A new 3-D printing filament called F-Electric enables 3-D printing with electric or mechanical capabilities. The conductive filament is approximately 1000 times more conductive than anything available today and was used to 3-D print a first-of-its-kind keychain LED flashlight.

“There are all sorts of world-first opportunities right now in 3-D printing,” says Mike Toutonghi, the founder of Functionalize Inc. It began when Toutonghi helped his son build an electromagnetic rocket for a school science project and 3-D printed some of the components. When they got to soldering, progress was halted. “I assumed we could buy some printer or filament to let us 3-D print the electronics,” Toutonghi says on the company’s Kickstarter page. “After searching for some time, I simply found nothing on the market that would let you print circuits.” Toutonghi saw an opportunity.

Toutonghi says the material is a nanotube-based composite that can be formulated with or without metals. Graphene was part of the initial research. “We have developed more-conductive polymers, but the challenge there is developing polymers with sufficient conductivity that can be sold for less than $500/lb.,” he says.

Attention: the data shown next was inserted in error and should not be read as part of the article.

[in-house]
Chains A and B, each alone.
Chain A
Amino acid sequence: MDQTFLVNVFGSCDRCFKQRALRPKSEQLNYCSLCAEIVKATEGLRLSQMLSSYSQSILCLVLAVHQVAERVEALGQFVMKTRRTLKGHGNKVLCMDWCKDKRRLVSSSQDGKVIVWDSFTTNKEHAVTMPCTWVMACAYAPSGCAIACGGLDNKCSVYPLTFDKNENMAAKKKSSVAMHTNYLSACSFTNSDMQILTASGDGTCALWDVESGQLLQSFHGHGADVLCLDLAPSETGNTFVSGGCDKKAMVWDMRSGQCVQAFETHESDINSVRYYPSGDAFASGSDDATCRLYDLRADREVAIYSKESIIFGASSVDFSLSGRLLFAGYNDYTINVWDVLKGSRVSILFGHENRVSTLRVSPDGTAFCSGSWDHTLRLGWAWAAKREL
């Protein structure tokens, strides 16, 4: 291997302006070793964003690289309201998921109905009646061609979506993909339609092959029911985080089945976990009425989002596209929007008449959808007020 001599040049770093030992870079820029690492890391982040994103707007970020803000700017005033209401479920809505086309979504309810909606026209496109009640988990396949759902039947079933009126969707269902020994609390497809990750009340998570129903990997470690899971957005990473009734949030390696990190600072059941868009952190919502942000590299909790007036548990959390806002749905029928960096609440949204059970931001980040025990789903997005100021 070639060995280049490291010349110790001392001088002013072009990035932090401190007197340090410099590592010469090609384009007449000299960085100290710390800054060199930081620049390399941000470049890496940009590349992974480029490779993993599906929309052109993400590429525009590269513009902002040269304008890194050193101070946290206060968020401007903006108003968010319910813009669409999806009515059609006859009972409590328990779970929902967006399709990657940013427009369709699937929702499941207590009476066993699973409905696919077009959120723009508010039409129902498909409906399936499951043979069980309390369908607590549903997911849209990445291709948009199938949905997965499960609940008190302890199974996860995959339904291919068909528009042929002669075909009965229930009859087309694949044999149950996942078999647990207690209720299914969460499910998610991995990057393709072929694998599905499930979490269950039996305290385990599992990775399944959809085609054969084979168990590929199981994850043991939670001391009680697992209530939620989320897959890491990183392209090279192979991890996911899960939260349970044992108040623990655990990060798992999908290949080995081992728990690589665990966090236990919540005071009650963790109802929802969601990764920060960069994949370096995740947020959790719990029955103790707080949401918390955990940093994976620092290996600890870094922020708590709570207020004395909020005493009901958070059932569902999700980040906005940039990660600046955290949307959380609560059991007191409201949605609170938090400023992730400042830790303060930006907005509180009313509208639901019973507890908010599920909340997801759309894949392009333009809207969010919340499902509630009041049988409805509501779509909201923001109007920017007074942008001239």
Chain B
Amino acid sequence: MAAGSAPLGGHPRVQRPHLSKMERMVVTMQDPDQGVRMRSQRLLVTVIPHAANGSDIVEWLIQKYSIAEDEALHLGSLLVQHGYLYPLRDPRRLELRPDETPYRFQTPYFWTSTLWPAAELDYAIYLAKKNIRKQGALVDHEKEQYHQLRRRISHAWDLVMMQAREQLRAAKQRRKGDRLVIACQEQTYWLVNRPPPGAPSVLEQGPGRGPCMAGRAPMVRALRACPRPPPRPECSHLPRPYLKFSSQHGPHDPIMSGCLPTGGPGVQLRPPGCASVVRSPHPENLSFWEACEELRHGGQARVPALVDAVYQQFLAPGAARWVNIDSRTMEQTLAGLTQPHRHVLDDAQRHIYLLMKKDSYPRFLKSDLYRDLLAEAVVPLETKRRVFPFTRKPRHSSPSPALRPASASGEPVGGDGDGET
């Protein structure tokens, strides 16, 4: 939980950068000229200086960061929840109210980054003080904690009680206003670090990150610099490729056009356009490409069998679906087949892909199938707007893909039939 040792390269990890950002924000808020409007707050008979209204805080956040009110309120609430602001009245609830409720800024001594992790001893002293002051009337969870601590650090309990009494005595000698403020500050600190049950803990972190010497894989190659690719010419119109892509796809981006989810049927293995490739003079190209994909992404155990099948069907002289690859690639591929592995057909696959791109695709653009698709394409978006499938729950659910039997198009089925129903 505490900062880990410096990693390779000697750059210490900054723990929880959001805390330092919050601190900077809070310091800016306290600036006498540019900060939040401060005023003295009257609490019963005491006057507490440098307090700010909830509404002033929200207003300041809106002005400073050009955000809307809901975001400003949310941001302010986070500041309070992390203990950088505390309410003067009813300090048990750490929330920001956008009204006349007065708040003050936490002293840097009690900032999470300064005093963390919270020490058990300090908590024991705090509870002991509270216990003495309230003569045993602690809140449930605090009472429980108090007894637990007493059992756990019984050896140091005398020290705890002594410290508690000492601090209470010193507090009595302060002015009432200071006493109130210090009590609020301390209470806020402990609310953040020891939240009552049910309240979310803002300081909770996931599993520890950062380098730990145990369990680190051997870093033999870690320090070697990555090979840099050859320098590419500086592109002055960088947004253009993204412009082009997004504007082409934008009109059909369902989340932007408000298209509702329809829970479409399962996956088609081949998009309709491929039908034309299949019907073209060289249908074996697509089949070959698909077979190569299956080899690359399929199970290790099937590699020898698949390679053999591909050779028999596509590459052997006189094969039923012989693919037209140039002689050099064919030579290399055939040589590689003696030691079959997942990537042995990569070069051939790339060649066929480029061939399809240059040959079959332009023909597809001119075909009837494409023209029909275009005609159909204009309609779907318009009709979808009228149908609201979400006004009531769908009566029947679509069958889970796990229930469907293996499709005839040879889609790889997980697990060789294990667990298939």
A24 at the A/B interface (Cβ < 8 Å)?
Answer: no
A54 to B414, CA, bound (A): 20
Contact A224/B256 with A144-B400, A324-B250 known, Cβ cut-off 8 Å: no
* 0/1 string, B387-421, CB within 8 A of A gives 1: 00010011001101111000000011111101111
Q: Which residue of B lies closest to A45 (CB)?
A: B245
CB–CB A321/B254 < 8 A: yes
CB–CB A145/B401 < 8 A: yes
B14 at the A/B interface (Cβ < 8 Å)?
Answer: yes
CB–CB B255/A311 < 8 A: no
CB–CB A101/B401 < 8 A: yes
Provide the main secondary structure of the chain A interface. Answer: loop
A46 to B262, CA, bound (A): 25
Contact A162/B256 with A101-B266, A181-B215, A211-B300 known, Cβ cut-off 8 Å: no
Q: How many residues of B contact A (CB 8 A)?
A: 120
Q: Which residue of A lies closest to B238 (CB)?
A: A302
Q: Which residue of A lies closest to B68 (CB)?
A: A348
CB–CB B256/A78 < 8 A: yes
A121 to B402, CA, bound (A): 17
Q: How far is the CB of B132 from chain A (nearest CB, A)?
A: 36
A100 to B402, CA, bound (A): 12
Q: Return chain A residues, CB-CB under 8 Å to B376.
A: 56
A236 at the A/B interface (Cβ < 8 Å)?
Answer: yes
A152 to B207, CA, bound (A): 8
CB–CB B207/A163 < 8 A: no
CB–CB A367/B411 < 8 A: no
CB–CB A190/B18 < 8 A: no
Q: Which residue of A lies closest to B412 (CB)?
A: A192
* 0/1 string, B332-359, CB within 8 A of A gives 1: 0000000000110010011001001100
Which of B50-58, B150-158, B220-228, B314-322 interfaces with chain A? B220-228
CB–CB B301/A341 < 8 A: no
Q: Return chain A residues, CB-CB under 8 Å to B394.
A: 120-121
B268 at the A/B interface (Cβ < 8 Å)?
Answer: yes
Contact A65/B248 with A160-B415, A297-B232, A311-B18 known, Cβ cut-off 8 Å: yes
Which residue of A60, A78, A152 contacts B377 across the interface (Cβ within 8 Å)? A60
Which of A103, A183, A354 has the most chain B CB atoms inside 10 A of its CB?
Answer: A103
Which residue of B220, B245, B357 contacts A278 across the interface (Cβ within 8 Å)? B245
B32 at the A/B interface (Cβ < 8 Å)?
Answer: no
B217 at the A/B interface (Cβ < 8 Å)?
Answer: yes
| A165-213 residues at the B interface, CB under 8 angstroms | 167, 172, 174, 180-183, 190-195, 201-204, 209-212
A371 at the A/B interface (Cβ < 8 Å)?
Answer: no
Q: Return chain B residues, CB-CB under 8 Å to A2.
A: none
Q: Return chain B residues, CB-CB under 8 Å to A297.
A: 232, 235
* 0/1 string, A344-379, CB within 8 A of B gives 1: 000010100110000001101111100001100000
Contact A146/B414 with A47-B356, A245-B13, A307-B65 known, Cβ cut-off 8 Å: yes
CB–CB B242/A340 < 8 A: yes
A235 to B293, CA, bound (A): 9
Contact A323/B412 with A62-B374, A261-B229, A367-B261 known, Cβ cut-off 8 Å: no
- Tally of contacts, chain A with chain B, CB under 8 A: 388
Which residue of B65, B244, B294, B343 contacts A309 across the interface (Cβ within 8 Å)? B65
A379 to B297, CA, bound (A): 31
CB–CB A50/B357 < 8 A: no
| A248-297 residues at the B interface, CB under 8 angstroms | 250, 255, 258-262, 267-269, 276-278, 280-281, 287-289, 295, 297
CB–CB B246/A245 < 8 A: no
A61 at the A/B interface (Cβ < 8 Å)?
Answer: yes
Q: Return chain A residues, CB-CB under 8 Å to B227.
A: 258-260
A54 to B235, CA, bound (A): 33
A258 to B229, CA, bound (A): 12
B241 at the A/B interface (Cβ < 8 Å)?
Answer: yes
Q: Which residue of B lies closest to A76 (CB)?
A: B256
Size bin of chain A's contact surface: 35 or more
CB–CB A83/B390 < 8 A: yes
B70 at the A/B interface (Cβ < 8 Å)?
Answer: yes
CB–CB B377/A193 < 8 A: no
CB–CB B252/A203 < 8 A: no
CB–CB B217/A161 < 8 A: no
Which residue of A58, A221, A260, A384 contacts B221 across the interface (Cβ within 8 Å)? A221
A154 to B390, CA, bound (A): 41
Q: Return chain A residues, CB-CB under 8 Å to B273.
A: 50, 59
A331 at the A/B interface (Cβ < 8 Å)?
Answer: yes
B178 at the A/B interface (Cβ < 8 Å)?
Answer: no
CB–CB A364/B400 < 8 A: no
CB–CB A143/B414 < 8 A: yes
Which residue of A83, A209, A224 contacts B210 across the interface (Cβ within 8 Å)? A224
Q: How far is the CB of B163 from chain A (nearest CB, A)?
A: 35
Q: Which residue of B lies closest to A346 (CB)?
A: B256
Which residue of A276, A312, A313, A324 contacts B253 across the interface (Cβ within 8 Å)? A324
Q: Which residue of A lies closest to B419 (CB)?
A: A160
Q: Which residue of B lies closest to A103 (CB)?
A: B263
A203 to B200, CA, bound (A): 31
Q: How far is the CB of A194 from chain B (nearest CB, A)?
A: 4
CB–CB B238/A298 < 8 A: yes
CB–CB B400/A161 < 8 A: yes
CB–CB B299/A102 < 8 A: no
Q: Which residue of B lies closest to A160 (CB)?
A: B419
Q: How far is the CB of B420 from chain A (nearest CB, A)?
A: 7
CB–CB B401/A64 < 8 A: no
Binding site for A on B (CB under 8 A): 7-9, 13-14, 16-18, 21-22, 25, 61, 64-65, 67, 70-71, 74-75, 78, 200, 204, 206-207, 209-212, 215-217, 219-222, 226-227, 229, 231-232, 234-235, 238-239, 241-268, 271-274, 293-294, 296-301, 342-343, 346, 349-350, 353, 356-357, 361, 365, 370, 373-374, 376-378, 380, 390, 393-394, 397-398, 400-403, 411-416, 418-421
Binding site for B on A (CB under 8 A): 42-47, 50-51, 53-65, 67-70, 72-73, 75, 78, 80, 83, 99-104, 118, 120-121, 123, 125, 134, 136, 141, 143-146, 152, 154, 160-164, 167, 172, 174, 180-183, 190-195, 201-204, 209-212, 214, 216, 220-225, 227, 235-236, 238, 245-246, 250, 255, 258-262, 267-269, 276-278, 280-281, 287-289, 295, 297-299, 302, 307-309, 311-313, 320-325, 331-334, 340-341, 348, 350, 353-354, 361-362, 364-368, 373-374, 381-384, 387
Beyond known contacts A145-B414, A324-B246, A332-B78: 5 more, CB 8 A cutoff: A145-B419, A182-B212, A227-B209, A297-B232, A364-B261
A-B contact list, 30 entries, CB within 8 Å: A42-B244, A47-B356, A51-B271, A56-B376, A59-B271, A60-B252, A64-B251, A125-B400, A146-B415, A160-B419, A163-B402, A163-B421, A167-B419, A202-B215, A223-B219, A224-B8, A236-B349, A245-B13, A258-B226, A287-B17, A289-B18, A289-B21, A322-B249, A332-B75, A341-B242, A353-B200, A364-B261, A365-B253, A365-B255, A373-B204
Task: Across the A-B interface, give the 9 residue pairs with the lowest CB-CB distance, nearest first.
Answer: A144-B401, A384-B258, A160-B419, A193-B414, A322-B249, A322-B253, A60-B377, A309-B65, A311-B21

Although the material is ideally suited for multi-head printers, it is designed to work with single-head printers, says Toutonghi. “It even works with today’s 3-D printers that use polylactic acid, so you don’t need to invest in a new kind of printer,” he adds. “Our goal is to allow people to print electronics with the printers they have today.”